For whatever reason, it is apparent that the sample of communities in which this issue has been studied represents a biased sample of all possible studies that could have been conducted. When one examines, systematically, data for all regions in which smoking bans have been enacted, one fails to find a significant effect of smoking bans on either heart attack admissions or heart attack mortality.

This doesn't meant that smoking bans will not eventually result in reductions in cardiovascular disease. That will take considerable time. It just means that the conclusions of anti-smoking researchers and groups that heart attacks drop immediately upon passage of smoking bans appear to be wrong.

When I first questioned the validity of the conclusions of the Helena and Pueblo studies, I was attacked by many of my colleagues, called a traitor, and expelled from list-serves because they did not want me to spread my dissenting opinion. Now, it has become quite clear that my skepticism was well-placed to begin with. The most definitive study to date has refuted the findings of these studies.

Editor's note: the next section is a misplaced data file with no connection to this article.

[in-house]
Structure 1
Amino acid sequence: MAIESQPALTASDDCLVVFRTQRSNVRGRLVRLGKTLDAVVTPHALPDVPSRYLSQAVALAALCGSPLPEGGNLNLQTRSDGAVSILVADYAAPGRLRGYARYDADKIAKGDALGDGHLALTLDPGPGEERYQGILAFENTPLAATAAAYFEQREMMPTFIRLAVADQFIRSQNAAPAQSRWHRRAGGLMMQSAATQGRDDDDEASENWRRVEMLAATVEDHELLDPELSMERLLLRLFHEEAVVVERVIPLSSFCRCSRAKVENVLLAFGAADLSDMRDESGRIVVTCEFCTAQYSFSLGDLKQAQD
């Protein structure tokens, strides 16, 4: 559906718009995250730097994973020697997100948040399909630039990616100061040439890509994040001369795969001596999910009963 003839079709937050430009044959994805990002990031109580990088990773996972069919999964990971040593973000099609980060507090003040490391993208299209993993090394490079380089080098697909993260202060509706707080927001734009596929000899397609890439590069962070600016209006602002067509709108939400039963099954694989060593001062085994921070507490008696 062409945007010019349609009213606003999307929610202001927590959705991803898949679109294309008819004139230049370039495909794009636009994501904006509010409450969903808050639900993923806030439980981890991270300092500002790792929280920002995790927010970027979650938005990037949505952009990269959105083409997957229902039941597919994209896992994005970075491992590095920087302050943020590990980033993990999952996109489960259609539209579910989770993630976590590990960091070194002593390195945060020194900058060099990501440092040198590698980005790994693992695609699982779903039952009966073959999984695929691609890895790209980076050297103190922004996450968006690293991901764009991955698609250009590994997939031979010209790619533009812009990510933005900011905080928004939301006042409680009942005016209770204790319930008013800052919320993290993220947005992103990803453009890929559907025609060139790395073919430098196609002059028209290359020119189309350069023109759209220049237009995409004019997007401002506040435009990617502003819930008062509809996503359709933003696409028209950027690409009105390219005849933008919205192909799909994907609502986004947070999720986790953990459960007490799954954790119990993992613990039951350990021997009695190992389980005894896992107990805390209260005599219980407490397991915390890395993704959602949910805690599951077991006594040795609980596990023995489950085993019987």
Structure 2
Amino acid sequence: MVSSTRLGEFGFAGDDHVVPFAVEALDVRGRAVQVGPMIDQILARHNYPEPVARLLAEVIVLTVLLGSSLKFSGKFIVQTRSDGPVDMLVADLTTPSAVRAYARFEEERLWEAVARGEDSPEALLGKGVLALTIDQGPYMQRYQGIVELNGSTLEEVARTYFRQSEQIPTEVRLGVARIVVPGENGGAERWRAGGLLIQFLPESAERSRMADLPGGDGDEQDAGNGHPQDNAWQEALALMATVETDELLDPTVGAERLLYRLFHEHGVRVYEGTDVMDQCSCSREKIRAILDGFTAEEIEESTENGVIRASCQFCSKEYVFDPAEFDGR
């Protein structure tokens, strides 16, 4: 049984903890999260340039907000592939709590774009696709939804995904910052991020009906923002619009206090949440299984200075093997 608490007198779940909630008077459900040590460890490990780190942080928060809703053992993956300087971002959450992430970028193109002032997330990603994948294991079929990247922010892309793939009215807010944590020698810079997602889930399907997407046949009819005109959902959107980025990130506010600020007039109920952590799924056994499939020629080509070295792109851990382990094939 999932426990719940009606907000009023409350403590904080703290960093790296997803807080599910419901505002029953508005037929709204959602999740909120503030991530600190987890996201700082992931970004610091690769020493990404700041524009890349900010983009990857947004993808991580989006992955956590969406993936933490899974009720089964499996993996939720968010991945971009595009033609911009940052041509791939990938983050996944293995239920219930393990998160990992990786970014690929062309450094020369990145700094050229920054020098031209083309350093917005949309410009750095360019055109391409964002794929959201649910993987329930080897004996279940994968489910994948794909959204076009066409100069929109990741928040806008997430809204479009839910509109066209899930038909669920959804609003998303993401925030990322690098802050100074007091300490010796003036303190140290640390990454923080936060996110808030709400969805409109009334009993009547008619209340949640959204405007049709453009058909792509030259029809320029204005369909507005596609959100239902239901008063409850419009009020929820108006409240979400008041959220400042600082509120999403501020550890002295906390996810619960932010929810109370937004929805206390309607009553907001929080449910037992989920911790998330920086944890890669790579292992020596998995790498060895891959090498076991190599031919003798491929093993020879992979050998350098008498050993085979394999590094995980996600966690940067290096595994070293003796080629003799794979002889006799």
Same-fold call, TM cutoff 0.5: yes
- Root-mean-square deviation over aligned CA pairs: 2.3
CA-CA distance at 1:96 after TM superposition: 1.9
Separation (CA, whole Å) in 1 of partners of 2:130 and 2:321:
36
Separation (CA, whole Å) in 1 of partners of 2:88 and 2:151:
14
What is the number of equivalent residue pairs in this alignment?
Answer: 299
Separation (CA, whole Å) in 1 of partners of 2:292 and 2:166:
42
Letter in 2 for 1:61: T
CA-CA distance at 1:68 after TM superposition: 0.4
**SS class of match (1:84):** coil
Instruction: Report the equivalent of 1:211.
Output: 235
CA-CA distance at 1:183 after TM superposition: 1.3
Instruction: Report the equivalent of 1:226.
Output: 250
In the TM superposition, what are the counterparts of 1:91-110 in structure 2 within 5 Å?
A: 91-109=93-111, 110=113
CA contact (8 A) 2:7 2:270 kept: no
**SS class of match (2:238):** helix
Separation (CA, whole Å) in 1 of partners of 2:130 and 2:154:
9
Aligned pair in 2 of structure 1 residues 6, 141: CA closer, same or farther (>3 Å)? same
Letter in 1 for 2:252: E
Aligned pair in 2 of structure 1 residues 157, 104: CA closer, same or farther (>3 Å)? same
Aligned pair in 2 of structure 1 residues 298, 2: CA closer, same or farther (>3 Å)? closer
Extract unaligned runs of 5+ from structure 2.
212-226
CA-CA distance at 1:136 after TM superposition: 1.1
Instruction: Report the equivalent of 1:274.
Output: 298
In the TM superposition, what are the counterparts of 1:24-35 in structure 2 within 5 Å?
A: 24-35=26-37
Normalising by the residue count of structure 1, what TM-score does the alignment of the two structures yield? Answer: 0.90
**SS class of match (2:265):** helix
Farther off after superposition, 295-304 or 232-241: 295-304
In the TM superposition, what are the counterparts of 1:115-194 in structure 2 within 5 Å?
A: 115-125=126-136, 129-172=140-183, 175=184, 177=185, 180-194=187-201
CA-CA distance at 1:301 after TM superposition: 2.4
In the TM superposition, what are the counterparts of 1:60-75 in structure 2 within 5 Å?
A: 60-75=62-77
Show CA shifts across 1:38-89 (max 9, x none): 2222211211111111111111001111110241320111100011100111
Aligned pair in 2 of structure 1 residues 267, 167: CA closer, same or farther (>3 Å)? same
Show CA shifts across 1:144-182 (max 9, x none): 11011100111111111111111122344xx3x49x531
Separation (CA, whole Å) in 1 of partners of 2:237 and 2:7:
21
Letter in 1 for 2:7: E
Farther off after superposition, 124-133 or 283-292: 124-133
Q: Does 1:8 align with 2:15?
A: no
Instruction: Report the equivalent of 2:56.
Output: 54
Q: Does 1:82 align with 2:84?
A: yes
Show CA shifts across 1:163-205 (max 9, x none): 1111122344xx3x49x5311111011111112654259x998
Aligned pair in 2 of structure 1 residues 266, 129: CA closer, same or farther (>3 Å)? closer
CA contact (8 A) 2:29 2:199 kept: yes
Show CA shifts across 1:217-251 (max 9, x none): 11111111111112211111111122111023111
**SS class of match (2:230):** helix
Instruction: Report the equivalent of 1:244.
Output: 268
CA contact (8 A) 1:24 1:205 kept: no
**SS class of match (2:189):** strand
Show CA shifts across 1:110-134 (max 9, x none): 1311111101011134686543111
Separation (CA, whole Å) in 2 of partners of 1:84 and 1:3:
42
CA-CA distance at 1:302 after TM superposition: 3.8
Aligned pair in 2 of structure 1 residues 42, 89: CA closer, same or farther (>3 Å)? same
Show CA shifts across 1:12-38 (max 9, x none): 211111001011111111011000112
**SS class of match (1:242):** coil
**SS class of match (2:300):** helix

It is important for me to point out that I never took issue with the data presented in the individual studies. There were demonstrable declines in heart attack admissions in the intervention cities. What I questioned was the conclusion that these declines were attributable to the smoking ban, rather than to random variation in the data and/or secular changes in heart attacks, which we know are declining throughout the country, even in the absence of smoking bans. There have been considerable advances in surgical and pharmaceutical treatments for coronary heart disease and these may well be the major contributing factors to the observed decline in heart attack rates.

This new research demonstrates why tobacco control researchers and groups have to be very careful in drawing causal conclusions, and why it is better to uphold high standards of scientific rigor rather than to jump to premature conclusions that may later be shown to be incorrect. Tobacco control groups, and the movement as a whole, will lose some scientific credibility because of these new findings which do not support their conclusions. But it is too late to retract those conclusions because they have already been widely disseminated through the media.